Helping New York City Birds

Kind volunteers want NYC's migratory birds to soar!

Jul 19, 2021
Helping New York City Birds | Kind volunteers want NYC's migratory birds to soar!

Flying through the skies of New York with its famed tall skyscrapers, can be a real challenge for birds migrating from Central or South America to the Arctic Circle during the spring and fall migration seasons. Fortunately, more and more of them can reach their destination thanks to the help of kind humans.

Project Safe Flight is an initiative from New York City Audubon, a community that has been working to protect birds and their habitats in NYC for over 40 years. This project helps rescue injured birds that collide with the reflective glass so commonplace in many tall buildings. The project also identifies and documents which buildings are a potential threat to the flying travelers. 

The project members, a group of about 30 volunteers, spend their mornings looking for injured and dead birds across commercial centers in the Big Apple during bird-migration seasons, according to Curbed, a publication that is part of New York Magazine.

But their mission doesn't end there. They also quantify the scope of the issue on a database called dBird, which turns out to be extremely valuable in identifying problematic places. It also helps find new ways to prevent future collisions. 

Each time these volunteers find a survivor, they take it to the Wild Bird Fund. Its stated mission is: “To provide medical care and rehabilitation to native and passing migrant wildlife so that they can be released back into the wild.” Under their care, these feathered friends can rest, are properly fed, and also given the medical treatment that they need.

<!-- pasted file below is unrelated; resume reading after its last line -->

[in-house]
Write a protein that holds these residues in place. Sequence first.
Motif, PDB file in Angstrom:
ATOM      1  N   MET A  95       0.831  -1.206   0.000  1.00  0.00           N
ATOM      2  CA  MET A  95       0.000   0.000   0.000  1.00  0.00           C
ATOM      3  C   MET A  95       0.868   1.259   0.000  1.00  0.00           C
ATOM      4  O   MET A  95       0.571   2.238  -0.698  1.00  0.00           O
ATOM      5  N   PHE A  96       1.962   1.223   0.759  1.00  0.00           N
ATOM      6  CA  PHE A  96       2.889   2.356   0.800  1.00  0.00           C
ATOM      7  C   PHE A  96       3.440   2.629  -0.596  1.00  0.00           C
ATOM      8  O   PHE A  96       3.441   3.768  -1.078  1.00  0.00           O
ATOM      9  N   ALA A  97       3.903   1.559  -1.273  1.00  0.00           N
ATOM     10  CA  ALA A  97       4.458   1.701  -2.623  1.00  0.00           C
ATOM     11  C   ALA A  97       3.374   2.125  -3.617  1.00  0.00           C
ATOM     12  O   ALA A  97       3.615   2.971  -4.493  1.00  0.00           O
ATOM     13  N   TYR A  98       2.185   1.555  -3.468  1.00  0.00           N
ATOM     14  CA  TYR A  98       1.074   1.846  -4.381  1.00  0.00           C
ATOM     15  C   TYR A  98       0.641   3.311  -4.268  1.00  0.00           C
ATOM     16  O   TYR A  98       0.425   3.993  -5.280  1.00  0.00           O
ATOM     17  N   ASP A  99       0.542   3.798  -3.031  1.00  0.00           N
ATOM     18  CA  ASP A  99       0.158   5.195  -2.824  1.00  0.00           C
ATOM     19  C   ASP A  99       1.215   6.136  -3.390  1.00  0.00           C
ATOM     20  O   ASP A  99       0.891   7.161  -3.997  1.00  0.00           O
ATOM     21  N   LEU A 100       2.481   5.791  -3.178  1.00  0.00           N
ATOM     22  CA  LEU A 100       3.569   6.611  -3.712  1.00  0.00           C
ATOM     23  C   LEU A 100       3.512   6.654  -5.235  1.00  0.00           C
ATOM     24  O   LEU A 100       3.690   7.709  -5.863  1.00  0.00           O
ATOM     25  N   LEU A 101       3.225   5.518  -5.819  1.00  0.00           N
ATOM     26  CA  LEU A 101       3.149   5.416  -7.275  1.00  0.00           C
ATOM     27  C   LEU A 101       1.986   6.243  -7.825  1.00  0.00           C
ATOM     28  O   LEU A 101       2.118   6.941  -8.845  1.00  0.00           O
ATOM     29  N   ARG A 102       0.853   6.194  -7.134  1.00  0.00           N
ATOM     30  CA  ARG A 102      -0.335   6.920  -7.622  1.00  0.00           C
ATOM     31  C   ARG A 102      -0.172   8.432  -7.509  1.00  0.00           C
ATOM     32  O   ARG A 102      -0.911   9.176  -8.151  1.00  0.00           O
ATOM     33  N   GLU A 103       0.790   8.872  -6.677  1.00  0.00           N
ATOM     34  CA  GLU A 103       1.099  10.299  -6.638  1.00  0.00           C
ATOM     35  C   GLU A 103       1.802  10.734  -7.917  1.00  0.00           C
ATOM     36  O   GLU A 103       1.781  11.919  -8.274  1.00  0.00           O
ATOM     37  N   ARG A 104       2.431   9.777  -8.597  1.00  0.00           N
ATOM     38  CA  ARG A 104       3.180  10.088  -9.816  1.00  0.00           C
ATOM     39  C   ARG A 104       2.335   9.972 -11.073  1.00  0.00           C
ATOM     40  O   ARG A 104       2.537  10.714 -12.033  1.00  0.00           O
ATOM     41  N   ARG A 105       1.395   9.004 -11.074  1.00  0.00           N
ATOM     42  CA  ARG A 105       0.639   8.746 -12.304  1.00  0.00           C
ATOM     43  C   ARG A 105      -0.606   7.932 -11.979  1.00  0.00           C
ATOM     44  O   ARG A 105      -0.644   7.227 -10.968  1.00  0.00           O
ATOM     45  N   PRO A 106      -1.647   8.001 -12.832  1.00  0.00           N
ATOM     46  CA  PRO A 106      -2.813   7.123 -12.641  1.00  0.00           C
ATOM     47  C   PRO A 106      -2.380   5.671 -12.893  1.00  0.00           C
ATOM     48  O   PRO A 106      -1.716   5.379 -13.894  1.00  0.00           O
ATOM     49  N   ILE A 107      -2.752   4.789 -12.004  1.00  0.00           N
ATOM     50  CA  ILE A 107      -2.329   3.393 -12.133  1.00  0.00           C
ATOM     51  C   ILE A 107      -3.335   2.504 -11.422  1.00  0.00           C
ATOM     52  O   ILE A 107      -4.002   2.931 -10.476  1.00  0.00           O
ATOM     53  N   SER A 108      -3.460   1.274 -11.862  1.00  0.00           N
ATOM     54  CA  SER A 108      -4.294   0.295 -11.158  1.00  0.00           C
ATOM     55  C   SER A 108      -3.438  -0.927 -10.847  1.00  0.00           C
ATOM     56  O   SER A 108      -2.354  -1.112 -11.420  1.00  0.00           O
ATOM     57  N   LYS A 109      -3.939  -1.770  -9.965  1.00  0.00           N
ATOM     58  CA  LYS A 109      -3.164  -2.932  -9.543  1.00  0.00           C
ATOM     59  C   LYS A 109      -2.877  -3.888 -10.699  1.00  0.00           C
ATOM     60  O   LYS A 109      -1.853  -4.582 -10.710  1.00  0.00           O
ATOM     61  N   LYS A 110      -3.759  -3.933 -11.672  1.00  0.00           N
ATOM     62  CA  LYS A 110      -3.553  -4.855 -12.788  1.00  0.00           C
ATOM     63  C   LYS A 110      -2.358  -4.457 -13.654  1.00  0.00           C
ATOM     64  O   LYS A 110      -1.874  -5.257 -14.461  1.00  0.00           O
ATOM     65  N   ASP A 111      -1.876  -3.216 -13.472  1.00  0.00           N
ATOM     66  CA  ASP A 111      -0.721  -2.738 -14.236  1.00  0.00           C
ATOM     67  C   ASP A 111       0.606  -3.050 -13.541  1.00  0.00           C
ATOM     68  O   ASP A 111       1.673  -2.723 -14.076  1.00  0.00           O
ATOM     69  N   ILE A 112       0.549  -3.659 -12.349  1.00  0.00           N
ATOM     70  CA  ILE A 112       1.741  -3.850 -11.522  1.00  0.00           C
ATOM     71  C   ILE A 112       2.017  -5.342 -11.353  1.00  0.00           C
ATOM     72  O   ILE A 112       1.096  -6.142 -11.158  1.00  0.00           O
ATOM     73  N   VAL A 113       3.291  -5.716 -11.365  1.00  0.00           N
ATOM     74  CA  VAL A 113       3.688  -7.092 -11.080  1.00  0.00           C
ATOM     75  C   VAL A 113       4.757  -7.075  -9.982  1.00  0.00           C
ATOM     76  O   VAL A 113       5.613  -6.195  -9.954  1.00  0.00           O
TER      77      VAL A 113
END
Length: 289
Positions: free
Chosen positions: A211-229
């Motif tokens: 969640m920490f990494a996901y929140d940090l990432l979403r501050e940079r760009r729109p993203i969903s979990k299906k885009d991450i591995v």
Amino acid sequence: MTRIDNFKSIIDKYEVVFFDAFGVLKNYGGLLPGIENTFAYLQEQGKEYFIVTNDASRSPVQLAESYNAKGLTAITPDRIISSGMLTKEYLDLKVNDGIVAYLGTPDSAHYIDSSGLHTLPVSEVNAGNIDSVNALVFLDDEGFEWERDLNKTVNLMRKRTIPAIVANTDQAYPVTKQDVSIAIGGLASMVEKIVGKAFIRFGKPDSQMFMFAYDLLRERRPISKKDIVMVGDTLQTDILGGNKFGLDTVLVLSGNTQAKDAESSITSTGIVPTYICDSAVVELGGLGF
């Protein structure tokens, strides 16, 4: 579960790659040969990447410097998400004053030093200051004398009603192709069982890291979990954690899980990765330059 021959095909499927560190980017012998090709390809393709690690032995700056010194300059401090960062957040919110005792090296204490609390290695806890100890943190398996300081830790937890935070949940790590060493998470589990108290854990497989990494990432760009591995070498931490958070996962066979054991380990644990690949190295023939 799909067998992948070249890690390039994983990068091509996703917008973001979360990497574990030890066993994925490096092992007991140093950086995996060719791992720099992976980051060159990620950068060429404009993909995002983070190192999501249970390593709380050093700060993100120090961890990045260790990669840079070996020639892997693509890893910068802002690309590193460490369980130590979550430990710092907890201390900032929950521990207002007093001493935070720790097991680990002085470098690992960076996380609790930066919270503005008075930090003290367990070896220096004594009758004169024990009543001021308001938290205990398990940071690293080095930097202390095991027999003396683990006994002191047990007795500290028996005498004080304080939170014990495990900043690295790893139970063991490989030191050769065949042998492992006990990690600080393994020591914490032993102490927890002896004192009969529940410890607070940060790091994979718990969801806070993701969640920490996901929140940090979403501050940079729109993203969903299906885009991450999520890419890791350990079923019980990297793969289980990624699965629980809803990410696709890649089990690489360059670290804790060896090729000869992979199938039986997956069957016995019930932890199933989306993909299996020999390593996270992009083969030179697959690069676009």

Once the patients feel better, they spend time with other recovered birds until they become healthy enough to return to freedom. This takes place in the spring, when they are released in Central Park, or in the fall, when they are liberated out of town to ensure that their path doesn’t take them in the vicinity of lower Manhattan’s hazardous buildings. 

Nearly a billion birds are killed each year in the US from collisions with windows, the Audubon Society reveals. In New York City alone it is estimated that between 90 and 230 thousand migratory birds die yearly from window collisions, as detailed by Curbed. This occurs mostly during the spring and fall migration seasons, with more than 1,200 birds found stunned or dead last fall in the World Trade Center area, CBS New York reveals. 

Bright lights and reflective glass buildings attract and then confuse birds because they look through them and they think they are seeing the sky. So the dBird database is key to providing information on specific hotspots. It aims to reduce hazards to these lovely creatures by engaging policymakers into taking preventive steps. These include ensuring that visual indicators are added to tall buildings, or that lights are turned off at night during peak migration periods.

“There is a law in New York City that went into effect this year which requires new construction to use bird-friendly materials, but we still need to convince all of the existing buildings to retrofit and put mitigation in place,” said Kaitlyn Parkins, the senior conservation biologist for New York City Audubon to CBS New York. She explains that these measures can include using less reflective glass, or adding a granulated ceramic frit dot pattern which birds do perceive as a solid barrier.

If you are wondering how you can help change the current situation, you can file  a report on the dBird platform if you find a dead or injured bird in your region. Doing this will help support mother nature by saving the lives of many migratory birds, enabling them to arrive safely to their long-awaited destination.

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With a love for fashion, technology, self-development, nature and communication, Daiana is a freelance writer. She is the creator of an online community platform dedicated to providing inspiration and information on trends, developments and positive impact initiatives in the world of Sustainable Fashion.